The administrative burden contributes to practitioners refusing to take medical aid as a payment method, at least those who can and typically work in big metros and suburbia. The factor also erodes the doctor-patient relationship because the experience of the hassle factor translates to patient experience. It is no surprise that patients might resort to paying for covered services from their own pockets and even pay more than the recommended scheme rate. The hassle factor is also associated with lowered job satisfaction for doctors.

READ | OPINION: Brenda Kubheka - Criminalising medical practice won’t make healthcare safer

Back to my case, we paid the co-payment applied by the scheme and later discovered that the scheme does not have a designated service provider (DSP) and should be funding the hospital event in full. They had requested that we call all the facilities on the scheme's DSP list to check for the one providing the required service.

I was perplexed that that scheme would have such arrangements and fail to keep a list that would assist patients in reducing out-of-pocket payments and complying with the scheme rules. This raises the following questions: What happens to members who do not have access to phones or adequate airtime to call all these facilities? What happens to patients and families who do not understand their rights? The hassle is so much that you give in and call around, pay illegitimate co-payments, or give up. For patients, the hassle may lead to delayed care or foregoing the care altogether.

One wonders how many scheme trustees actually ask for reports and qualitative explanations for the rejections or short-payment trends. Is the hassle factor celebrated and incentivised for reducing the cost of care or utilisation of services unlawfully? Again, it is understandable that schemes through managed care organisations put restrictions in place to manage the cost of care, waste, and abuse; at the same time, unintended consequences ought to be kept in mind.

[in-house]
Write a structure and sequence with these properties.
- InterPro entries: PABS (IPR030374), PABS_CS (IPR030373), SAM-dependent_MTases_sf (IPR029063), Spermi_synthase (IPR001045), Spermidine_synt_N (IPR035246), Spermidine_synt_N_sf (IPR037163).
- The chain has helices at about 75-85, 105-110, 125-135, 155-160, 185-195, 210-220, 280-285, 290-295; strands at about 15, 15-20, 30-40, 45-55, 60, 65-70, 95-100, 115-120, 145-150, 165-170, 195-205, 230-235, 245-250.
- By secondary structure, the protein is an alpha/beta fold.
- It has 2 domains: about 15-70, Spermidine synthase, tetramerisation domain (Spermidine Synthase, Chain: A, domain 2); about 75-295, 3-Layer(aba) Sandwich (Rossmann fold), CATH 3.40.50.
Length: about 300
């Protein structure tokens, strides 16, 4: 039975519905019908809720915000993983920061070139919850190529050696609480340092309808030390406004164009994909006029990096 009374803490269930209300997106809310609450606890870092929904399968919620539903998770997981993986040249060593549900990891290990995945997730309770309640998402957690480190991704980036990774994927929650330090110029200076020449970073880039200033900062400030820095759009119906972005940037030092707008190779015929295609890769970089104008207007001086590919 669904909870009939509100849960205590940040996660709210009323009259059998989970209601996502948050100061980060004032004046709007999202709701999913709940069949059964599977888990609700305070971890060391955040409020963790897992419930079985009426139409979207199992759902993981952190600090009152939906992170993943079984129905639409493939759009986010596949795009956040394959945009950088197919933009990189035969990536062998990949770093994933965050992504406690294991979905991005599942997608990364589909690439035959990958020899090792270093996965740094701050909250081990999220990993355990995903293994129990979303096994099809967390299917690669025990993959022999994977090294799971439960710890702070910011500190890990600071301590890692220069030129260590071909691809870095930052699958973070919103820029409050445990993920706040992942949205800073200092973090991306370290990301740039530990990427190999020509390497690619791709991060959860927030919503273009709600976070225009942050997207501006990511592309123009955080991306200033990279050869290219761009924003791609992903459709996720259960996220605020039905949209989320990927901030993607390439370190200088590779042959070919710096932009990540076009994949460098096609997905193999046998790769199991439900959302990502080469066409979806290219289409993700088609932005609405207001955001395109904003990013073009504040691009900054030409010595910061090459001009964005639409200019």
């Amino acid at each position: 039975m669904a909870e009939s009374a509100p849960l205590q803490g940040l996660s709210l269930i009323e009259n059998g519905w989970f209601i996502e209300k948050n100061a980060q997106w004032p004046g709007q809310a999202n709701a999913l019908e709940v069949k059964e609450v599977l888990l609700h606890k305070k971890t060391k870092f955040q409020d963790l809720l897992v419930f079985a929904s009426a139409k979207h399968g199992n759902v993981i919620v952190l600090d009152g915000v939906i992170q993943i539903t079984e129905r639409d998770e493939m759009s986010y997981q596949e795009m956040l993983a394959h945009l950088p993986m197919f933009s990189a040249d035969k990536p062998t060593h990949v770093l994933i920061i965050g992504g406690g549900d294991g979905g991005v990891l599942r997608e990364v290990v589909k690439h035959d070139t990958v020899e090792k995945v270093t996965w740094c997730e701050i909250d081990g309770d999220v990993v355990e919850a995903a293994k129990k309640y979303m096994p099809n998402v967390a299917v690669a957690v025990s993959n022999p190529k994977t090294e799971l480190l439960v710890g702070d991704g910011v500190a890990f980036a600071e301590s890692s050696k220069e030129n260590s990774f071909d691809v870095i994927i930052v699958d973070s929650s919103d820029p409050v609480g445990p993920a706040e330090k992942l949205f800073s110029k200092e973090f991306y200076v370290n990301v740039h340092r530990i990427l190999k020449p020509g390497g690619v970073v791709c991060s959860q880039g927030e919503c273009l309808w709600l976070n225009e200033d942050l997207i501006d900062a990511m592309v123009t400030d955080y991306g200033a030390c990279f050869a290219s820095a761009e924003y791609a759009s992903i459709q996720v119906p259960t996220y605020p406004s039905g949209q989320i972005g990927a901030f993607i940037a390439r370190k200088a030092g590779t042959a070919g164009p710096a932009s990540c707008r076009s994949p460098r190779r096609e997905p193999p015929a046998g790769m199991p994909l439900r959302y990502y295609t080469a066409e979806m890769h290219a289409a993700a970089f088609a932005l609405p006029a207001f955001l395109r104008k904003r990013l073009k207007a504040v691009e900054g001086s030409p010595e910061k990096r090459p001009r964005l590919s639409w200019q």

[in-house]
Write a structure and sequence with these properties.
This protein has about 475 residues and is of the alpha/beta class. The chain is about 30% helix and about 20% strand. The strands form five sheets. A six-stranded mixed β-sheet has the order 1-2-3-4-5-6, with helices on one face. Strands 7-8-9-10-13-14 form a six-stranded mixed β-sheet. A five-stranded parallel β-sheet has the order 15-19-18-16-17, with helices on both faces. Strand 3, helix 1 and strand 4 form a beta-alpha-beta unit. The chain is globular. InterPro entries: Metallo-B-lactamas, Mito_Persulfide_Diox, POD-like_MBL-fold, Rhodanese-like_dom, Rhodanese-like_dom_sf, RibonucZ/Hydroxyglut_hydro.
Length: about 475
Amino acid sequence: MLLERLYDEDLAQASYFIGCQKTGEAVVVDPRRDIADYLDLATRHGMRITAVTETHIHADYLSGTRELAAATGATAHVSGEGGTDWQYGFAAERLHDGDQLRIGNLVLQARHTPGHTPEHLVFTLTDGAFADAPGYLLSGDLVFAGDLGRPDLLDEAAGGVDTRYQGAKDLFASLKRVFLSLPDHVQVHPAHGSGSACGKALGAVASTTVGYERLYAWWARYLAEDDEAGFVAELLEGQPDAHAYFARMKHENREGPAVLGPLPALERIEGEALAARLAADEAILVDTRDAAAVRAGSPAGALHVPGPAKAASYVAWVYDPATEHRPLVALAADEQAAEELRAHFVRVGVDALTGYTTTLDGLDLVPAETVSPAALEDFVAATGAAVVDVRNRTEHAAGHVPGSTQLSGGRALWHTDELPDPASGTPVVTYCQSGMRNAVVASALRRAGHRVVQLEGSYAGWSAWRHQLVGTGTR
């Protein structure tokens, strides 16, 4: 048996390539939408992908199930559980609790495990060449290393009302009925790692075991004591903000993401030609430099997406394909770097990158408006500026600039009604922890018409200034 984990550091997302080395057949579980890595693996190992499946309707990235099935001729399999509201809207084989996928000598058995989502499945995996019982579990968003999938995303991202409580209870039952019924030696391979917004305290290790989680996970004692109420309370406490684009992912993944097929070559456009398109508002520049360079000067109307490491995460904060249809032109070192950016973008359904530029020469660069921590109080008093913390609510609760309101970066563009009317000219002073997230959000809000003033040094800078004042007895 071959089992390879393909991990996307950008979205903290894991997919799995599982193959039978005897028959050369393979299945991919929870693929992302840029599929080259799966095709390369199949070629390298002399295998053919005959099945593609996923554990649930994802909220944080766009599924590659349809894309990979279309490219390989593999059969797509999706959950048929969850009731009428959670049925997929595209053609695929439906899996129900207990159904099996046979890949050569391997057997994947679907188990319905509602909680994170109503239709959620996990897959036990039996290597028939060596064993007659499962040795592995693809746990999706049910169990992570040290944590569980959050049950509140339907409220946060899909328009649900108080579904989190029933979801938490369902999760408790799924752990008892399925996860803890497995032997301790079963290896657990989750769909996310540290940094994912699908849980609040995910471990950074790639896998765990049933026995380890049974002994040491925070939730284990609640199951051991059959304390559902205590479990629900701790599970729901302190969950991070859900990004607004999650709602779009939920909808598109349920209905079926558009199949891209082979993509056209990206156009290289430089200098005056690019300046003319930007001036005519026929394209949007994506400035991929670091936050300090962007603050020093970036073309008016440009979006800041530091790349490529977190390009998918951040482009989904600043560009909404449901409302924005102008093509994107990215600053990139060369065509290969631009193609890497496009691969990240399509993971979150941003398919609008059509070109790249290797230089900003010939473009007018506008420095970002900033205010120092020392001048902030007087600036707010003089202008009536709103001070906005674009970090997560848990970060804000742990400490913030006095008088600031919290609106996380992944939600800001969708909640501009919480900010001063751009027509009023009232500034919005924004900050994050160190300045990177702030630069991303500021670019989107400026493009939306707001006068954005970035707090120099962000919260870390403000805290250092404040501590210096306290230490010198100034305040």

Game the system

A series of studies cited the doctors' willingness to "game the system" and use deception on behalf of their patients to obtain specific healthcare benefits, especially very sick patients and in instances where appeals processes are daunting. Unfortunately, this benevolent act is unethical and alters the patient's medical records, including the data used for planning. After losing a day's work, I wonder how these processes get tested randomly and regularly by policymakers and those tasked with protecting the scheme members' interests. The unintended consequences of the strangling red tape ought to be considered by all relevant parties.

The information asymmetry between funders, professionals and scheme members is a significant challenge and a catalyst of the hassle. The recent experiences left me bruised because of the roughness caused by a lack of compassion and humanity.

Being ill makes patients more vulnerable, and it tilts the power dynamics. This power may be open to abuse during the pre-authorisation process. On both occasions, the process felt indifferent at a time when members and their families need a warm, humane, and reassuring approach.

- Dr Brenda Kubheka, Founder and MD of Health IQ Consulting focusing on Clinical risk, healthcare ethics and research.